Israel has been warning the international community for months that it will not tolerate any Iranian presence in Syria that threatens the Jewish state. The Israeli government has been in close contact with both the United States and Russia over the issue; and the militaries of these two countries- the major powers in Syria – have a close understanding and appreciation of Israel’s security concerns. Prime Minister Netanyahu has met with Russian President Vladimir Putin repeatedly, including just two weeks ago, to discuss the problems of the Iranian presence in Syria. As a result of Israel’s concerns, in recent months the country has struck any facility in Syria that it deemed to pose a serious threat to the Jewish state. Israel rarely officially comments on military activity in Syria but has publicly admitted to having struck over 100 convoys of Iranian-backed Hezbolla arms shipments and other targets in Syria in recent times. See here for an excellent background piece on the escalation in the north, written on Friday, before today’s escalation.
Israeli Air Force Air Staff Commander Brig. Gen. Tomer Bar, the IAF’s second-in-command, said Saturday’s response was “the biggest and most significant attack the air force has conducted against Syrian air defenses since Operation Peace for the Galilee” which took place in in 1982. According to the IDF, while Saturday’s drone was Iranian and navigated by Iranian operators, “Syria’s choice to fire its air defenses against Israeli jets shows that it has chosen to interfere in Israel’s fight against Iranian activity in the country.”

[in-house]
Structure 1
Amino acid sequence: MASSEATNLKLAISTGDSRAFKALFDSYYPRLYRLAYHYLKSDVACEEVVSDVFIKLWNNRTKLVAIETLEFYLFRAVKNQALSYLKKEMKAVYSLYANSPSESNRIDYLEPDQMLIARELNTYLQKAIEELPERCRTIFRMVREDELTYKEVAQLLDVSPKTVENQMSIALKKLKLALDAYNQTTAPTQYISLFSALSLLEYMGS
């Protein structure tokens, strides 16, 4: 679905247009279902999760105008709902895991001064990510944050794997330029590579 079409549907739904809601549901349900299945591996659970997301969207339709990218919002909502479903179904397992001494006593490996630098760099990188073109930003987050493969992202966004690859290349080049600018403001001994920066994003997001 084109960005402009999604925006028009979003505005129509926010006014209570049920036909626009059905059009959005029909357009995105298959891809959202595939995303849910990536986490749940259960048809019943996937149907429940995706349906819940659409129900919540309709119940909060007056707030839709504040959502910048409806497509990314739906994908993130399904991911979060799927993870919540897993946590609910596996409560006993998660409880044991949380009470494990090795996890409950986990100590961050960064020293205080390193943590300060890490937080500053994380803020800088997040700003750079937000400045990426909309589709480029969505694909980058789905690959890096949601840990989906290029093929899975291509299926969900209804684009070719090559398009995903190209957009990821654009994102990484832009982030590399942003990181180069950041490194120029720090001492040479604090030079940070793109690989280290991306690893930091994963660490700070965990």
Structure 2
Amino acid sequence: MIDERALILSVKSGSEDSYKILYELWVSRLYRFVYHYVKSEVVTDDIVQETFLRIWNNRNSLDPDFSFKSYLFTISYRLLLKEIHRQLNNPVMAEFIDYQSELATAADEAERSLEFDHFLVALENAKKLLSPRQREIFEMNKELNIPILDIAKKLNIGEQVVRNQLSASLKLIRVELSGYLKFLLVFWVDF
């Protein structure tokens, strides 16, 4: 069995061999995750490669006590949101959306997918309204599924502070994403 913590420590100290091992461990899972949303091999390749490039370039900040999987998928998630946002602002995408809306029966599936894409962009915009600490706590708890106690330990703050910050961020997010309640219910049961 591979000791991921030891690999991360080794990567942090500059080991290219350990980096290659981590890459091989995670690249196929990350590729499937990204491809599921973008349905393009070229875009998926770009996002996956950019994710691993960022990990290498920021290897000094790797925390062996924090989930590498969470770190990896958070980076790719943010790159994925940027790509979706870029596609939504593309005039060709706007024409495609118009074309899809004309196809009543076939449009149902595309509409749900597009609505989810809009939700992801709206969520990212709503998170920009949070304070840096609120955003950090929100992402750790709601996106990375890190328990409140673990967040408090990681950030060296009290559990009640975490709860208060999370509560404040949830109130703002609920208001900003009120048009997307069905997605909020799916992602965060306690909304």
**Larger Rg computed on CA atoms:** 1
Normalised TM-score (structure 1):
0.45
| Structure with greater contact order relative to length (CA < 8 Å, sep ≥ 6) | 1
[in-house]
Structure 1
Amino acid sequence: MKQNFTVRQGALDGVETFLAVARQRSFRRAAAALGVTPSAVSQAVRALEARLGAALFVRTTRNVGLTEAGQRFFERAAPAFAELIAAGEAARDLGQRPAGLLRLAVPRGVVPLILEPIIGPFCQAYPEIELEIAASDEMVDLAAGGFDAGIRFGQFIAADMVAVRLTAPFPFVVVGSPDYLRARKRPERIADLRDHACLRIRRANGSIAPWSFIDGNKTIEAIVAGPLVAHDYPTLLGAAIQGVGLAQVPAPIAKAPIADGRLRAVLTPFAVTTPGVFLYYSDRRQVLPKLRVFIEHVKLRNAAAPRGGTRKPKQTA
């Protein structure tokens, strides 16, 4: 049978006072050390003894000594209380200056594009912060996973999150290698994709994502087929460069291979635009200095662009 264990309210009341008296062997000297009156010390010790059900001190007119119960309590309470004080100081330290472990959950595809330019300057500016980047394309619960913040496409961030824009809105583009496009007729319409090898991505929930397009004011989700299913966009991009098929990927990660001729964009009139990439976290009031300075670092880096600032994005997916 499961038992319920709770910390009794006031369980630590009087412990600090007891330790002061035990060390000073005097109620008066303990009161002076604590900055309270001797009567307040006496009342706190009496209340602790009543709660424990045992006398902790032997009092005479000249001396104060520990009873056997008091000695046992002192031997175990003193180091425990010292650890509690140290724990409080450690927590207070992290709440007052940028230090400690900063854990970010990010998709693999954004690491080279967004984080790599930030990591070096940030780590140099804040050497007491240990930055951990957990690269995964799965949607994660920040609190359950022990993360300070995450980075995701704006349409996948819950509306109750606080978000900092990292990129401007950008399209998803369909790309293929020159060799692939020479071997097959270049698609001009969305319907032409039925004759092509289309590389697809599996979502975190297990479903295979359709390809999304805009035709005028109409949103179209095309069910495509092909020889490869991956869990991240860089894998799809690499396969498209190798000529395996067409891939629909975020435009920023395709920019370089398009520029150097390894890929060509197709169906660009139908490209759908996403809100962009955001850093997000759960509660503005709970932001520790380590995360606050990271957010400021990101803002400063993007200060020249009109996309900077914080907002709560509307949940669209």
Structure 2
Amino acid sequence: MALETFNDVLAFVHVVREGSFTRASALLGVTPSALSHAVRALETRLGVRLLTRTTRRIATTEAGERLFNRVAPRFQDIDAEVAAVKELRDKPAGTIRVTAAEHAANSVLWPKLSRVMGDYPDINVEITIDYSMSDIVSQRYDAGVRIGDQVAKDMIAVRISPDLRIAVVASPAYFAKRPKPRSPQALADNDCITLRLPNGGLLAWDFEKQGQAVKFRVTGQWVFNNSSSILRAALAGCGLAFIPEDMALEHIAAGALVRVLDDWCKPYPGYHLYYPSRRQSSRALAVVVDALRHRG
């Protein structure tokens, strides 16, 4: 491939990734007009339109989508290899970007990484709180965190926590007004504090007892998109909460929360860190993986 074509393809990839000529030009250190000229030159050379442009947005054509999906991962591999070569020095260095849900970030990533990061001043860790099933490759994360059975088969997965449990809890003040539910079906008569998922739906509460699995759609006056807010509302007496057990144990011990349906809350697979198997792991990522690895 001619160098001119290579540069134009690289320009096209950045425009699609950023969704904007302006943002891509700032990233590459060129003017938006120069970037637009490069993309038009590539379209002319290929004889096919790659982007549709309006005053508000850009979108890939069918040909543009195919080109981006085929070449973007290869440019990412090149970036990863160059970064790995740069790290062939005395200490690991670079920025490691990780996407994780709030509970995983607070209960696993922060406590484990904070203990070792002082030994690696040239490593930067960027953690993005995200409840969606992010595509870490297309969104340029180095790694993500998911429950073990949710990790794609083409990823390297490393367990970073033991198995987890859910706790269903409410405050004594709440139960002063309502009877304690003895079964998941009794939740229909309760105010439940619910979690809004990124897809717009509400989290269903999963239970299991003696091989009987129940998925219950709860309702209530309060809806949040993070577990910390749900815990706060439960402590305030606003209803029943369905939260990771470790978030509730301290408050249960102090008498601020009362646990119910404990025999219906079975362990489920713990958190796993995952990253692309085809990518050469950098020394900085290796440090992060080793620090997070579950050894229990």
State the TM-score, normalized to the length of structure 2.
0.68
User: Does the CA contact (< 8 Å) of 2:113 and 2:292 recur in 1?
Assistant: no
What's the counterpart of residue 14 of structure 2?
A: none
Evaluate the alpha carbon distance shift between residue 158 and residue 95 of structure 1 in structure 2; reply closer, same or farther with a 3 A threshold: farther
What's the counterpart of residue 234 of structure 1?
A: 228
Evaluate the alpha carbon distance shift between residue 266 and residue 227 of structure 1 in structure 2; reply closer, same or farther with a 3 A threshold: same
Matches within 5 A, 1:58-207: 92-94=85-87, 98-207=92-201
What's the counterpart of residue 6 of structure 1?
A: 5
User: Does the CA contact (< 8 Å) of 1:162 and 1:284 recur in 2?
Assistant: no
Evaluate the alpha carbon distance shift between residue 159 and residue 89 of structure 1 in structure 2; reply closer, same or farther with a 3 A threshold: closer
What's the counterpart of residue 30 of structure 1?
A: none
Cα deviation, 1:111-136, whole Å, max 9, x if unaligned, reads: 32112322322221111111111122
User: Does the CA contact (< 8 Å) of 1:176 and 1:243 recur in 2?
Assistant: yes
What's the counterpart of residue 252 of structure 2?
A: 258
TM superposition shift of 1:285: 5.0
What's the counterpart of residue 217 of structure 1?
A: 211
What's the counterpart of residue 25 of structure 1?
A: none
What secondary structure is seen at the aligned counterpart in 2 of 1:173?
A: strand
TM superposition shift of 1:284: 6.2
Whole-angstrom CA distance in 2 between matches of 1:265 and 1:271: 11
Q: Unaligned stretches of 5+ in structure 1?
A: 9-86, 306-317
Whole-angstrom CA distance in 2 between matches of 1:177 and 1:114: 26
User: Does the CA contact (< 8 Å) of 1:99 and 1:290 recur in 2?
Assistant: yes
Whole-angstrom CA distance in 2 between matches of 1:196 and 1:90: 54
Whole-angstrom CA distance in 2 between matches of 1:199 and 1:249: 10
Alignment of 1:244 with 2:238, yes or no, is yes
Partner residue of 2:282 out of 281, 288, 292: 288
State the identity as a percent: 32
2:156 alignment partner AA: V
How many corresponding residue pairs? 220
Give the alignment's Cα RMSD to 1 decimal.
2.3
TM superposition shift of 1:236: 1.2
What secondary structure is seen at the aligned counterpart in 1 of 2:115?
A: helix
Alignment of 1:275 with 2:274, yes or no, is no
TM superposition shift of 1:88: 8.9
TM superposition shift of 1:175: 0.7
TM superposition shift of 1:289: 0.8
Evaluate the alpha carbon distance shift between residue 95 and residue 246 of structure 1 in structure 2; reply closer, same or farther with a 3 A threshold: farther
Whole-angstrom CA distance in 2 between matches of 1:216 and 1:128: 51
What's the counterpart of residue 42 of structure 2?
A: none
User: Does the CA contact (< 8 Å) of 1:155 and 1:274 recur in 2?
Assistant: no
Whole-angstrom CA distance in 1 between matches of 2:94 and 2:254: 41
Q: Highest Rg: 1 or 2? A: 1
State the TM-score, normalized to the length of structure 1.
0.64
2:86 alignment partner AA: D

A spokesman for Iran’s Supreme National Security Council said the Syrian response was “a clear warning to Israel. The era of Israeli strikes on Syria is over.” He promised a “relentless response” to “all further aggression.”
Hezbollah said that the downing of the Israeli jet marks the “start of a new strategic phase. Today’s developments mean the old equations have categorically ended.”
In response, the IDF reiterated that it “will continue to operate against attempts to infiltrate Israeli airspace and will act with determination to prevent any violations of Israel’s sovereignty. The IDF is prepared for a variety of scenarios and will continue to act as necessary.” The army has also stressed that it maintains full freedom of movement in Syria. The IDF said that “this weekend’s events demonstrate what could occur across the entire region if the Iranian efforts to support and export terror are not addressed.”
Following Saturday’s escalation, Prime Minister Netanyahu spoke by phone with Russian President Vladimir Putin, U.S. Secretary of State Rex Tillerson, and other world leaders. Netanyahu stated, “I have been warning for some time about the dangers of Iran’s military entrenchment in Syria. Iran seeks to use Syrian territory to attack Israel for its professed goal of destroying Israel. This morning Iran brazenly violated Israel’s sovereignty. They dispatched an Iranian drone from Syrian territory into Israel. And this demonstrates that our warnings were 100% correct. Israel holds Iran and its Syrian hosts responsible for today’s aggression. We will continue to do whatever is necessary to protect our sovereignty and our security.”
JFNA’s Israel office has refreshed emergency protocols and stands ready to respond on behalf of the Federation system should the need arise.